Dear Bird Folks,A few weeks ago you mentioned seeing turkeys displaying around town and that got me thinking. Back in 1995, when I first saw a turkey near in my yard, it was a big thrill. I felt like I had taken a trip back to the pioneer days. Now, in 2013, the thrill is gone. Turkeys are everywhere. They have gone from being a symbol of the wild to a neighborhood nuisance. Why arenít Wild Turkeys wild anymore? Ė Rick, Rutland, MA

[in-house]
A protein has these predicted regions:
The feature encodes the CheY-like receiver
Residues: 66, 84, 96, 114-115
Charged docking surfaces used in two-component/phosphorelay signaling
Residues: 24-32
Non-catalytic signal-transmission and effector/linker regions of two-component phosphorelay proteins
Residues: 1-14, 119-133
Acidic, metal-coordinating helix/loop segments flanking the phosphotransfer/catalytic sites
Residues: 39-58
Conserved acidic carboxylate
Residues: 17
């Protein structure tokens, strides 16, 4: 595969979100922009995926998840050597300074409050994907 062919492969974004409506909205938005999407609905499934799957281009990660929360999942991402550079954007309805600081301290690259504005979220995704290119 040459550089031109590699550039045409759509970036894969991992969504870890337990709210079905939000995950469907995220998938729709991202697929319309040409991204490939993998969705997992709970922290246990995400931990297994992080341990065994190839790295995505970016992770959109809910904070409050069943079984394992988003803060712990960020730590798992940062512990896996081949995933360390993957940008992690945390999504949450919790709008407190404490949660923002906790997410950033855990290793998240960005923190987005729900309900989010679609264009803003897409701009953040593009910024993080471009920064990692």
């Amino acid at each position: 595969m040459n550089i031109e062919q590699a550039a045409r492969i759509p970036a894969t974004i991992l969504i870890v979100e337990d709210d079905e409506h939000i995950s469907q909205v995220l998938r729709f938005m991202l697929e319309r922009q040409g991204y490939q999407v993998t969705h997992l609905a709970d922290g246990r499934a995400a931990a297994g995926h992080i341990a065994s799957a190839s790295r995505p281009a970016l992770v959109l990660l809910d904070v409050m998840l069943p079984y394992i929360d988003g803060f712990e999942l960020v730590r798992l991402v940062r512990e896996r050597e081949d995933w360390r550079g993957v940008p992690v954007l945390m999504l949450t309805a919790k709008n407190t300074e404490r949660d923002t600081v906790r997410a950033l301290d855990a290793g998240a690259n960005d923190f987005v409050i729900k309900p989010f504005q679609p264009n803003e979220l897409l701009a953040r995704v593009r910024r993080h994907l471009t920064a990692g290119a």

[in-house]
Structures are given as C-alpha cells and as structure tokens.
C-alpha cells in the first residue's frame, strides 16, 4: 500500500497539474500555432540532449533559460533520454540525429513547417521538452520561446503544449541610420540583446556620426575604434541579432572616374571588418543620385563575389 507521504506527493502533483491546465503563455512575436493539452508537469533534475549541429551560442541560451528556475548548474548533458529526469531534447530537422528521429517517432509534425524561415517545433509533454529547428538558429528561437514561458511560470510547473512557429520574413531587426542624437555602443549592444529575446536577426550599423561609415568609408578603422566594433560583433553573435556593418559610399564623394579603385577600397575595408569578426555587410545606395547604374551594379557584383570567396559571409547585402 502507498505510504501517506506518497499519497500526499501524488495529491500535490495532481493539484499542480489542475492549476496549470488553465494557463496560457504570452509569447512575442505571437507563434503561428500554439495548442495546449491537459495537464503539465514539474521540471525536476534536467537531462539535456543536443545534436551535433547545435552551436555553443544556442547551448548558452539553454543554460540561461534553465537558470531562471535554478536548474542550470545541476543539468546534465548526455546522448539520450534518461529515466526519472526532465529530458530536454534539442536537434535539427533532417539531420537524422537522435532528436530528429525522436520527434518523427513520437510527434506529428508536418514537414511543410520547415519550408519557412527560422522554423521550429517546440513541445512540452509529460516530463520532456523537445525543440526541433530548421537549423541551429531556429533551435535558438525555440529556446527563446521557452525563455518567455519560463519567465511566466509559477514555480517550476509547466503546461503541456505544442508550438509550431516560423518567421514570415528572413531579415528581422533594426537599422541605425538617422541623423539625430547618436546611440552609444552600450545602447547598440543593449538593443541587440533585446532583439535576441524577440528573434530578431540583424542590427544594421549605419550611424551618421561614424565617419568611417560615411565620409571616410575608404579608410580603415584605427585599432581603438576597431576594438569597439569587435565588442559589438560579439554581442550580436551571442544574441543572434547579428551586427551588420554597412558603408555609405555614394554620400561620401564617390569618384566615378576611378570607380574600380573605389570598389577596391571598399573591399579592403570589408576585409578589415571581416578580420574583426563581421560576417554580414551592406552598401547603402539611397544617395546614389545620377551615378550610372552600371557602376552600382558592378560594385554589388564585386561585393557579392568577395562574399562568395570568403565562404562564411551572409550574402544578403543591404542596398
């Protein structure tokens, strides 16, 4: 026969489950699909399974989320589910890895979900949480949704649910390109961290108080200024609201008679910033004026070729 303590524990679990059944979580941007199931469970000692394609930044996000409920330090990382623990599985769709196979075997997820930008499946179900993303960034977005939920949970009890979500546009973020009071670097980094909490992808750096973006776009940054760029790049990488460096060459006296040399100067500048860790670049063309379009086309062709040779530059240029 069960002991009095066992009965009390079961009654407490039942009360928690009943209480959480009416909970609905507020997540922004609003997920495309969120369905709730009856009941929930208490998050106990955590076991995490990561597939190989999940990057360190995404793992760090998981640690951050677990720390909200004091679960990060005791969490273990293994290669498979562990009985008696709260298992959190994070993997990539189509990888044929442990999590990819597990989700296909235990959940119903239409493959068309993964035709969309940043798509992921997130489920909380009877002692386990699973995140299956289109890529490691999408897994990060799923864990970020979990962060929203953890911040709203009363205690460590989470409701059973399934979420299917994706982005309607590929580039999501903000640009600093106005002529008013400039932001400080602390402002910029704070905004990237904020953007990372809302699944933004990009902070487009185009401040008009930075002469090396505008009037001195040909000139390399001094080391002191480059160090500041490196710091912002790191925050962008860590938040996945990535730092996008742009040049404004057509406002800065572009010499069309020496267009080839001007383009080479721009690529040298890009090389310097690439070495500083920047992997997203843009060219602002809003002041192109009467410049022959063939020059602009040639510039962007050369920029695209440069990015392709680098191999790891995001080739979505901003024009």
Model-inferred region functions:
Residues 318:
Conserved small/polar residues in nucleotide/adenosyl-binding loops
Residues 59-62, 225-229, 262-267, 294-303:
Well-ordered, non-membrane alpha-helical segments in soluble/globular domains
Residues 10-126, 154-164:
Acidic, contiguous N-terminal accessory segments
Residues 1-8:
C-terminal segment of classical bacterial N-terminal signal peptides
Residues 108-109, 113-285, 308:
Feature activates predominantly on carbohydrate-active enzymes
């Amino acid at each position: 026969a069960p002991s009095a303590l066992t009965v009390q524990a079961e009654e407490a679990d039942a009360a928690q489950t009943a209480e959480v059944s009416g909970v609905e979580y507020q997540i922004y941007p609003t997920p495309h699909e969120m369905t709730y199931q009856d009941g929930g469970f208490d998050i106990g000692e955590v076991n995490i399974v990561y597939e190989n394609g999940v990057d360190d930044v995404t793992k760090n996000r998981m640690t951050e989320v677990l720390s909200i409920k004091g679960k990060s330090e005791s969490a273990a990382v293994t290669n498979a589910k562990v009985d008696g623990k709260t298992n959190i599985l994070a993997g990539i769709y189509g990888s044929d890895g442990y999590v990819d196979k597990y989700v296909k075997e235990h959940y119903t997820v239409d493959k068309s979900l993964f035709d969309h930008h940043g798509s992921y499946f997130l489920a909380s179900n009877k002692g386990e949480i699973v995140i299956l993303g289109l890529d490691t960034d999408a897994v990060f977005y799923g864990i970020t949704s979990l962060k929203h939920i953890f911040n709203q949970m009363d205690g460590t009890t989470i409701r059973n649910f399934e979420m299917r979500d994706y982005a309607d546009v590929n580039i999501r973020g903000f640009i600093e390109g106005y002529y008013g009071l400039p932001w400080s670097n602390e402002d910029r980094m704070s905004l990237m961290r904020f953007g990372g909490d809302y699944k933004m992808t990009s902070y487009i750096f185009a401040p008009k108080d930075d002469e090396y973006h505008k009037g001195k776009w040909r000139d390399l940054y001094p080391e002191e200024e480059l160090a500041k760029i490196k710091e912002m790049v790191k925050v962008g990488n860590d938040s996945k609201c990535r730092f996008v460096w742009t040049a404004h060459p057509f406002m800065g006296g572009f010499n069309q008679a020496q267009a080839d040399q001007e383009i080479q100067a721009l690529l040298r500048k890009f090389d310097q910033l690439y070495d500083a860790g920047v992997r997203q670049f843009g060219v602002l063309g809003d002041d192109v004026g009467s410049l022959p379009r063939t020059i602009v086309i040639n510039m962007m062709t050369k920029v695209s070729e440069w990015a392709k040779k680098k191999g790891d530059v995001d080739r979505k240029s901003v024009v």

I know what you mean, Rick,Long before 1995, I think it was in the Ď70s, my friend, Roger, moved from Cape Cod to Vermont. This was great news. Oh sure, I hated to see Roger leave the Cape but I knew his move to VT was my best chance to finally see Wild Turkeys. In the 70s Vermont had a decent turkey population, while Cape Cod had zero. My next step was to kiss up to Roger so he would invite me to stay with him. I was poor in those days and could not afford the price of a hotel room, not even a Vermont hotel room. In the 70s I could not have imagined that in 2013, Cape Cod, and every place else, would have loads of turkeys. If I had only waited another half-century I could have avoided that long drive to VT and save myself all that kissing up. Thatís what I get for being so impulsive. By 1930 our Wild Turkeys were nearly shot out of existence, but hunting restrictions and careful restoration projects turned this iconic bird into a major avian success story. Too successful, some might say. The once wary, cautious, and very much wild Wild Turkey has, in some locations, become urbanized. Today turkeys seem out of place as they stumble around our neighborhoods looking like feathered wineos. Why such a big change in behavior? Iím not sure if anyone really knows for sure, but that doesnít mean I donít have my own thoughts and theories. I always have plenty of thoughts and theories. One thing is clear: turkeys arenít as stupid as their advanced billing would have us believe. It appears that turkeys have carefully studied the ways of Canada Geese and have learned much from our avian neighbors from the North. Turkeys have wisely discerned that geese living in the marshes are constantly being hunted, while the geese hanging out in playgrounds and golf courses are thriving. So the turkeys have moved into civilization as well. (Iím sure this theory is a little oversimplified, but consider the sourceÖme.) The suburbs, even with all the people, cars and dogs, are in some respects safer for turkeys than the woods because no one is likely to shoot them. In the Ďburbs the birds are safe from guns. (Itís too bad the same thing isnít true for us.) The other thing civilization has provided for turkeys is food. They take advantage of our gardens and plantings because turkeys love to clean up waste grains and eat the berries on ornamental plants. They also eat the birdseed that falls from the feeders we put out for other birds. Iím not saying birdfeeders are responsible for the huge increase in the turkey population, because birdfeeders are perfect. They are the best invention in human history. But yeah, turkeys eat birdseed. They are birds, after all. Another reason for the turkey boom is that predators, especially raccoons, have been in short supply. Raccoons arenít a big problem for adult turkeys, but they love to prey on eggs and chicks. In some areas raccoons have disappeared, probably due to an illness like distemper. As the raccoon population rebounds, we could see fewer turkeys around. Turkeys or raccoons, it doesnít make much difference to me; they both eat birdseed. Sometimes turkeys get themselves into trouble when they attack people. This is especially common during the breeding season (the turkey breeding season that is, not our breeding season). Scientists suggest that the reason for this behavior is that turkeys have a pecking order. For whatever reason, a tom will treat a human like another turkey. He may defer to one person, but will try to dominate another. There are plenty of funny videos online where we see folks running for their lives from a puffed out turkey. I love those videos. Experts suggest that human adults (not children) stand their ground and try to dominate the turkey instead of running away. Good luck with that. One of the turkeysí more unusual behaviors is when they hang out around a busy intersection and strut their stuff at passing cars. Researchers are at a loss to explain this one. Perhaps they are looking for a ride or hoping someone will toss them some spare change. (Not all of my theories are flawless.) The reason Wild Turkeys in suburbs arenít wild anymore, Rick, is because they simply have become habituated to humans. Whether it is the abundance of food, or the lack of both human and natural predators, turkeys simply feel more comfortable living near people than they did a hundred years ago. Iím sure people with fancy yards donít like turkeys, but I get a kick out seeing them. Just remember not to let the tom turkeys push you around. If one of them comes at you, stand your ground. But if you do that, please make sure someone has a camera ready in case things turn out bad (aka, funny).
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